Conclusions. Although these results show a higher open access rate than previous studies, and a linear growth of open access publications over the years, there is still a large gap between theory and practice which needs to be addressed.

The National Enquiry Into Scholarly Communication—Twenty years after

Abstract:  The National Enquiry into Scholarly Communication was organized under the auspices of the American Council of Learned Societies and funded by the National Endowment for the Humanities, the Rockefeller Foundation, the Ford Foundation, and the Andrew W. Mellon Foundation. Its report was published by Johns Hopkins University Press after three years of research, In 1979. Why was it undertaken, who was involved, what did it recommend, and what was the result? 

Publishers’ typesetting destroys science: They are all as bad as each other. Can you spot the error?

I’ve just been trying to mine publicly visible scientific publications from scholarly publishers. (That’s right – “publicly visible” – Hargreaves comes later).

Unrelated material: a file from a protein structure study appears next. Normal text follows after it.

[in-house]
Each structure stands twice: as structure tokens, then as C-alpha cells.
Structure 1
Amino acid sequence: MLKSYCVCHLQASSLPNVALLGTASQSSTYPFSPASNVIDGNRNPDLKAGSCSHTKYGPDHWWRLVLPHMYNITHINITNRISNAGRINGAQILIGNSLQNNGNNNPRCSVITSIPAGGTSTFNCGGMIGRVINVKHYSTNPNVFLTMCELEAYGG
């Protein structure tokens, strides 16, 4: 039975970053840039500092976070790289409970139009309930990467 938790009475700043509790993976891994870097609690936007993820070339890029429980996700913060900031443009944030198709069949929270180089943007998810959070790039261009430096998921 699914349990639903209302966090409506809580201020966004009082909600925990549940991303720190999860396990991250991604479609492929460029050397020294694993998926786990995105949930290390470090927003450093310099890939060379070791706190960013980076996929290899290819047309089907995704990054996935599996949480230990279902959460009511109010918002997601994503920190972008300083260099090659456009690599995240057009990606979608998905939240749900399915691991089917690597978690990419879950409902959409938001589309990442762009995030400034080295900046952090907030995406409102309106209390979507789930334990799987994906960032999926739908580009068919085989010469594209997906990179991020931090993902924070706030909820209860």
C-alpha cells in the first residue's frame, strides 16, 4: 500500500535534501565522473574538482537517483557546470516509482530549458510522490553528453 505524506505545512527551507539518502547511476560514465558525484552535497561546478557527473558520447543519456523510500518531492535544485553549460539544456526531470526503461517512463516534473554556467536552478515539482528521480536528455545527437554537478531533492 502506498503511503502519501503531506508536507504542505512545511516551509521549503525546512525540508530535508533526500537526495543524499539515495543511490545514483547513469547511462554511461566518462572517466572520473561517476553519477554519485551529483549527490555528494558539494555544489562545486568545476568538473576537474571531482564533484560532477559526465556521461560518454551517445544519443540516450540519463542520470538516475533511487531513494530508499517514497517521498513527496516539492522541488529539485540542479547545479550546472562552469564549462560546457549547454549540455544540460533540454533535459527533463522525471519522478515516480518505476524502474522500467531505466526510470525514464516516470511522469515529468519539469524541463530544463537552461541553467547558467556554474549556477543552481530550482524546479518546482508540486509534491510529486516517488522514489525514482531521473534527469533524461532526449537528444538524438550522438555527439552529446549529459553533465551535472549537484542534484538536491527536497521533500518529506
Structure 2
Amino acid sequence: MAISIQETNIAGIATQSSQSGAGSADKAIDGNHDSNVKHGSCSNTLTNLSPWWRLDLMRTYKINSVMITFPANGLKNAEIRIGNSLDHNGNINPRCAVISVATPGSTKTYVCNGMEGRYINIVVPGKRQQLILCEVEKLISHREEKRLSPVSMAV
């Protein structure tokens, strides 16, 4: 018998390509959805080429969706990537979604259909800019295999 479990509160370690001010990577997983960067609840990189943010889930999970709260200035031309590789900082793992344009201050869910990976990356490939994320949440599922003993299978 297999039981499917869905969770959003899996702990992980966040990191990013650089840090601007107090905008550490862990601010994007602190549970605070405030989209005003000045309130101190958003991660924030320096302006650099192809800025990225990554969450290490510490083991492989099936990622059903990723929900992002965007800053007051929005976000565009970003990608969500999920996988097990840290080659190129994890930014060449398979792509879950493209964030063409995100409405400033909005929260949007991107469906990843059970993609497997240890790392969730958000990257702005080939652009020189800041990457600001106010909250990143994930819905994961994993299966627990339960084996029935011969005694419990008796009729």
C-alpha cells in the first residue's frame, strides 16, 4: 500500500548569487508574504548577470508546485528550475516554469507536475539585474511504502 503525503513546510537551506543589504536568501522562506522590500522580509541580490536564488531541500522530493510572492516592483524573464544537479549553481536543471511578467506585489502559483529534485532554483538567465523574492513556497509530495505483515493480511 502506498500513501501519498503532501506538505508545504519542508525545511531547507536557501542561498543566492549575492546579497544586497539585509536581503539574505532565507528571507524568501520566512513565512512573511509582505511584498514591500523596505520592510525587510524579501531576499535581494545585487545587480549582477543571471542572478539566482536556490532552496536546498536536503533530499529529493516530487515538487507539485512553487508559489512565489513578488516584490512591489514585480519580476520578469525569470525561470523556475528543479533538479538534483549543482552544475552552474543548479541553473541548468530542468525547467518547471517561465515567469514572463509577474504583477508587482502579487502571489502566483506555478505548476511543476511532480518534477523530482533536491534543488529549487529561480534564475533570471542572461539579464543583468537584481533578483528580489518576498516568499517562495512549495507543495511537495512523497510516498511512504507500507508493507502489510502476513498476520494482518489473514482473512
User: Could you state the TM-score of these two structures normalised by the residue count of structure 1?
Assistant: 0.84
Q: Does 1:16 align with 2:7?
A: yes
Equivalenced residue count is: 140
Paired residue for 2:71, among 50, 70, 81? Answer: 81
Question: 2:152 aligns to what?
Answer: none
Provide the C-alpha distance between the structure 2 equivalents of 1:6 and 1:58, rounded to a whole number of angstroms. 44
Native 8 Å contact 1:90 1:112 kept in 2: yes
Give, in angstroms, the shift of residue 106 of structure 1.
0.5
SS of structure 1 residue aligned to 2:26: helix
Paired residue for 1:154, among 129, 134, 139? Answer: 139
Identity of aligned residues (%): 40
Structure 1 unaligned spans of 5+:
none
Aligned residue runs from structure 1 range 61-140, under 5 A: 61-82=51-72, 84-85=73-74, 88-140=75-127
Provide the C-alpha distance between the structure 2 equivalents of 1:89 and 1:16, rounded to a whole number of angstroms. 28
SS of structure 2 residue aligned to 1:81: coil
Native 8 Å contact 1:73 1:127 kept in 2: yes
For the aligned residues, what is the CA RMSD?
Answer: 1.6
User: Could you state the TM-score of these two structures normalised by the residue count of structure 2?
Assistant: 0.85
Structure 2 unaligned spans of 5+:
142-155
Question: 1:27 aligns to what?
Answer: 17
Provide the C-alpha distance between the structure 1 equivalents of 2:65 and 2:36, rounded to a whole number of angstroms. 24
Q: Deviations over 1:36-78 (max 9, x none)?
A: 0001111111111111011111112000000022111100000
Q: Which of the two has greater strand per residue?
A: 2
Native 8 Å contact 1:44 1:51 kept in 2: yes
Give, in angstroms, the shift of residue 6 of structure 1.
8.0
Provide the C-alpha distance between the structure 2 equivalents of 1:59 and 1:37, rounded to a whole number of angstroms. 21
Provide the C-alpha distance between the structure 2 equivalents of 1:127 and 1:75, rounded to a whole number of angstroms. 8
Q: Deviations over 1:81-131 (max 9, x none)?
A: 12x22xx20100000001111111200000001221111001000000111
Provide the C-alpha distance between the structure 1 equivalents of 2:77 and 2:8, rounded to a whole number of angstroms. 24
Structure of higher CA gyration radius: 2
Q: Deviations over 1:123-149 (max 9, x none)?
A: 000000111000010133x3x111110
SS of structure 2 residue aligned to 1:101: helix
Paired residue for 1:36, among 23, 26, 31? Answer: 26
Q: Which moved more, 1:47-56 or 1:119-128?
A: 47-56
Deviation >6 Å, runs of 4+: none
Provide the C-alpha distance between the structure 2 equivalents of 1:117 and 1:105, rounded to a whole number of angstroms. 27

They destroy the text. They destroy the images and diagrams. And we pay them money – usually more than a thousand dollars for this. Sometimes many thousands. And when I talk to them – which is regular – they all say something like:

“Oh, we can’t change our workflow – it would take years” (or something similar). As if this was a law of the universe.

Unfortunately it’s a law of publishing arrogance. They don’t give a stuff about the reader. There’s no market forces – the only thing that the PublisherAcademic complex worries about is the shh-don’t-mention-the-Impact-Factor.